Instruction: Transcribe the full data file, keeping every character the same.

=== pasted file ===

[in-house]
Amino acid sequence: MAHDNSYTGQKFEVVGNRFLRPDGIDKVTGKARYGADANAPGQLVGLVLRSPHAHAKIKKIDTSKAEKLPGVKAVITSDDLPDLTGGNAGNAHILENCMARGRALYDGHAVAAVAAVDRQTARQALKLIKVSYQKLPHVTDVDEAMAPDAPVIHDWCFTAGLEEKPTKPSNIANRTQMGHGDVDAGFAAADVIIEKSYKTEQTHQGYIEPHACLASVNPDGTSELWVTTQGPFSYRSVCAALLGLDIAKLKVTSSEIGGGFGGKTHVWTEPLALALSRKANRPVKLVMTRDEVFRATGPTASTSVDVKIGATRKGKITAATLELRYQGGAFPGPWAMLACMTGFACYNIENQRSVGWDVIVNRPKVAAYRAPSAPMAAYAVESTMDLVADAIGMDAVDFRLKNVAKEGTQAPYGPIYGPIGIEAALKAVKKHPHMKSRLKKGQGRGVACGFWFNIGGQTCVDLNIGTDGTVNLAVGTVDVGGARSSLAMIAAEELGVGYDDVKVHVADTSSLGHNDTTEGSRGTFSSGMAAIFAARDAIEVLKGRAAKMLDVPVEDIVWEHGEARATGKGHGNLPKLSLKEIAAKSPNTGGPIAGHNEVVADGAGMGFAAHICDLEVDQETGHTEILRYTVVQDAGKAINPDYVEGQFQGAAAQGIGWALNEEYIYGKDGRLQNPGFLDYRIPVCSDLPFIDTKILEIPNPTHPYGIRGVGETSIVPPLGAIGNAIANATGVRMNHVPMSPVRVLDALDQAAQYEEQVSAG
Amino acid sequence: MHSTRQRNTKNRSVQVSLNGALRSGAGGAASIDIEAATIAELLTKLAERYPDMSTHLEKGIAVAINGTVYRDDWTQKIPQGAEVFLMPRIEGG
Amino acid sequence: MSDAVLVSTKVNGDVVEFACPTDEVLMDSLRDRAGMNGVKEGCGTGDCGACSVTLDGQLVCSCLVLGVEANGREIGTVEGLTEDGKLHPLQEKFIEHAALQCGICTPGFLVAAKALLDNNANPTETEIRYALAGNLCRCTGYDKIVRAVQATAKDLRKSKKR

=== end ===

[in-house]
Amino acid sequence: MAHDNSYTGQKFEVVGNRFLRPDGIDKVTGKARYGADANAPGQLVGLVLRSPHAHAKIKKIDTSKAEKLPGVKAVITSDDLPDLTGGNAGNAHILENCMARGRALYDGHAVAAVAAVDRQTARQALKLIKVSYQKLPHVTDVDEAMAPDAPVIHDWCFTAGLEEKPTKPSNIANRTQMGHGDVDAGFAAADVIIEKSYKTEQTHQGYIEPHACLASVNPDGTSELWVTTQGPFSYRSVCAALLGLDIAKLKVTSSEIGGGFGGKTHVWTEPLALALSRKANRPVKLVMTRDEVFRATGPTASTSVDVKIGATRKGKITAATLELRYQGGAFPGPWAMLACMTGFACYNIENQRSVGWDVIVNRPKVAAYRAPSAPMAAYAVESTMDLVADAIGMDAVDFRLKNVAKEGTQAPYGPIYGPIGIEAALKAVKKHPHMKSRLKKGQGRGVACGFWFNIGGQTCVDLNIGTDGTVNLAVGTVDVGGARSSLAMIAAEELGVGYDDVKVHVADTSSLGHNDTTEGSRGTFSSGMAAIFAARDAIEVLKGRAAKMLDVPVEDIVWEHGEARATGKGHGNLPKLSLKEIAAKSPNTGGPIAGHNEVVADGAGMGFAAHICDLEVDQETGHTEILRYTVVQDAGKAINPDYVEGQFQGAAAQGIGWALNEEYIYGKDGRLQNPGFLDYRIPVCSDLPFIDTKILEIPNPTHPYGIRGVGETSIVPPLGAIGNAIANATGVRMNHVPMSPVRVLDALDQAAQYEEQVSAG
Amino acid sequence: MHSTRQRNTKNRSVQVSLNGALRSGAGGAASIDIEAATIAELLTKLAERYPDMSTHLEKGIAVAINGTVYRDDWTQKIPQGAEVFLMPRIEGG
Amino acid sequence: MSDAVLVSTKVNGDVVEFACPTDEVLMDSLRDRAGMNGVKEGCGTGDCGACSVTLDGQLVCSCLVLGVEANGREIGTVEGLTEDGKLHPLQEKFIEHAALQCGICTPGFLVAAKALLDNNANPTETEIRYALAGNLCRCTGYDKIVRAVQATAKDLRKSKKR